National Fibromyalgia Association (NFA)

A non-profit educational organization, the NFA provides support for people with fibromyalgia and other chronic pain illnesses. They publish FM Aware magazine and promote events to commemorate national fibromyalgia awareness day, May 12th.

Clinical Resources

Start with the following resources to explore current research activities and the peer-reviewed medical literature on hyperbaric oxygen therapy for fibromyalgia.

 Use the search buttons below to go directly to research on hyperbaric oxygen therapy.

ClinicalTrials.gov
US National Institutes of Health

ClinicalTrials.gov keeps the official list of human clinical trials currently enrolling, in progress, and recently completed. One may reasonably question the size and legitimacy of any study not listed here.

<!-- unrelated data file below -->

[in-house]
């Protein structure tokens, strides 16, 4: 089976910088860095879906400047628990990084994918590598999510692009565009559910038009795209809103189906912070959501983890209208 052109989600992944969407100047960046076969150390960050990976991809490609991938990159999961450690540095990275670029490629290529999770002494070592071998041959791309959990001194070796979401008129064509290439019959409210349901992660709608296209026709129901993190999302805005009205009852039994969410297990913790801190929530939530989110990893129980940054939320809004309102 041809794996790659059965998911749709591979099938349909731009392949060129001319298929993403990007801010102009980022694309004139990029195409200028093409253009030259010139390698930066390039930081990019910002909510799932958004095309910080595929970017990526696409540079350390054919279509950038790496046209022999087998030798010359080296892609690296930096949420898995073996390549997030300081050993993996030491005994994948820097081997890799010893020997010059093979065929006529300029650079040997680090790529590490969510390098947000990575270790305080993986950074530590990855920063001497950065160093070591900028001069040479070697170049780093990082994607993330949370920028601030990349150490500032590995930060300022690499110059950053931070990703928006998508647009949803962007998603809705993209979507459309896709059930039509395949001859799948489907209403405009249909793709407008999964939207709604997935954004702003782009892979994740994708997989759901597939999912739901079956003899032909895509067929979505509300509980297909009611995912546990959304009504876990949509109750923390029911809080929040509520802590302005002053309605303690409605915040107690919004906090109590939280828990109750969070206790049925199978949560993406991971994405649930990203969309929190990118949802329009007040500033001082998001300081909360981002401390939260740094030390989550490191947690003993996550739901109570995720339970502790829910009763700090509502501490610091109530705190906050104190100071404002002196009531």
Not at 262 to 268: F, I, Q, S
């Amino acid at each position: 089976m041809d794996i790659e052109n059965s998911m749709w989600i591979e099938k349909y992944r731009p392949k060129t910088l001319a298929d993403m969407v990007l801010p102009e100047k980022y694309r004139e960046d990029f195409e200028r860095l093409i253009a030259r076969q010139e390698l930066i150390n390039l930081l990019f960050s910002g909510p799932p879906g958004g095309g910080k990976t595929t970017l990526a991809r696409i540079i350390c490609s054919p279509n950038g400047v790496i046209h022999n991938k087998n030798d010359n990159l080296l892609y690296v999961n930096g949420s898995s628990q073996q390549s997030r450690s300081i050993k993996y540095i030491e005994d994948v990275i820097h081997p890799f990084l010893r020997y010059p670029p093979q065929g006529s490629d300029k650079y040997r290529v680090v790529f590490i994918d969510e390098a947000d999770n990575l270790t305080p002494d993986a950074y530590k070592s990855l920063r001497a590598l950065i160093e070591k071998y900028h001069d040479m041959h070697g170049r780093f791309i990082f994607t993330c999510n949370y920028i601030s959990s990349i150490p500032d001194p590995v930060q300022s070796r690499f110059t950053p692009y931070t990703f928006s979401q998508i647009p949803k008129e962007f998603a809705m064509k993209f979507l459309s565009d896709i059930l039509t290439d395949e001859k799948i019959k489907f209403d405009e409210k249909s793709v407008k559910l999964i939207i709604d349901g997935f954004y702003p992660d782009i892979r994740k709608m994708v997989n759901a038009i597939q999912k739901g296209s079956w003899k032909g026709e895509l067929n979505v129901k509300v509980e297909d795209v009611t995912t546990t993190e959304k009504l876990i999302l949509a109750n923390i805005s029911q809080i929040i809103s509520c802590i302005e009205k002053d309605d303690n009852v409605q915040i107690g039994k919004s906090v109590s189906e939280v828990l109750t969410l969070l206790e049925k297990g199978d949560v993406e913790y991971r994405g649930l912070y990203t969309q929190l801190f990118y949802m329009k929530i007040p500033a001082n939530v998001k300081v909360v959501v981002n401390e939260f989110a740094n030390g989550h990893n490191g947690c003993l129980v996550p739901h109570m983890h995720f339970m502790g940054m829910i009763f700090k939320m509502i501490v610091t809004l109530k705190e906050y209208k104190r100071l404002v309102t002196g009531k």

Search ClinicalTrials.gov

HBOEvidence

HBOEvidence uses computerized tools to appraise the key randomized controlled trials (RCTs) in the hyperbaric medical literature. One may reasonably question the overall strength of HBOT evidence for any disease or condition not covered here.

Search HBOEvidence

PubMed.gov
US National Library of Medicine, US National Institutes of Health

PubMed keeps the official list of scientific papers published in reputable peer-reviewed medical journals. One may reasonably question the importance and legitimacy of any study not listed here.

Search PubMed.gov

 

News About Autism and Hyperbaric Oxygen Therapy

Sources
Fibromyalgia: After the Diagnosis, National Fibromyalgia Association. Retrieved 02 May 2015.
www.fmaware.org/PageServerded3.html?pagename=fibromyalgia
What is Fibromyalgia?, Arthritis Foundation. Retrieved 02 May 2015.
www.arthritis.org/disease-center.php?disease_id=10
The Science of Fibromyalgia, Mayo Clinic Proceedings. Retrieved 02 May 2015.
doi:10.4065/mcp.2011.0206
Page Data
Updated: 05 Aug 2015 01:28 PM
Created: 19 Oct 2009 12:00 AM
By: About the authors »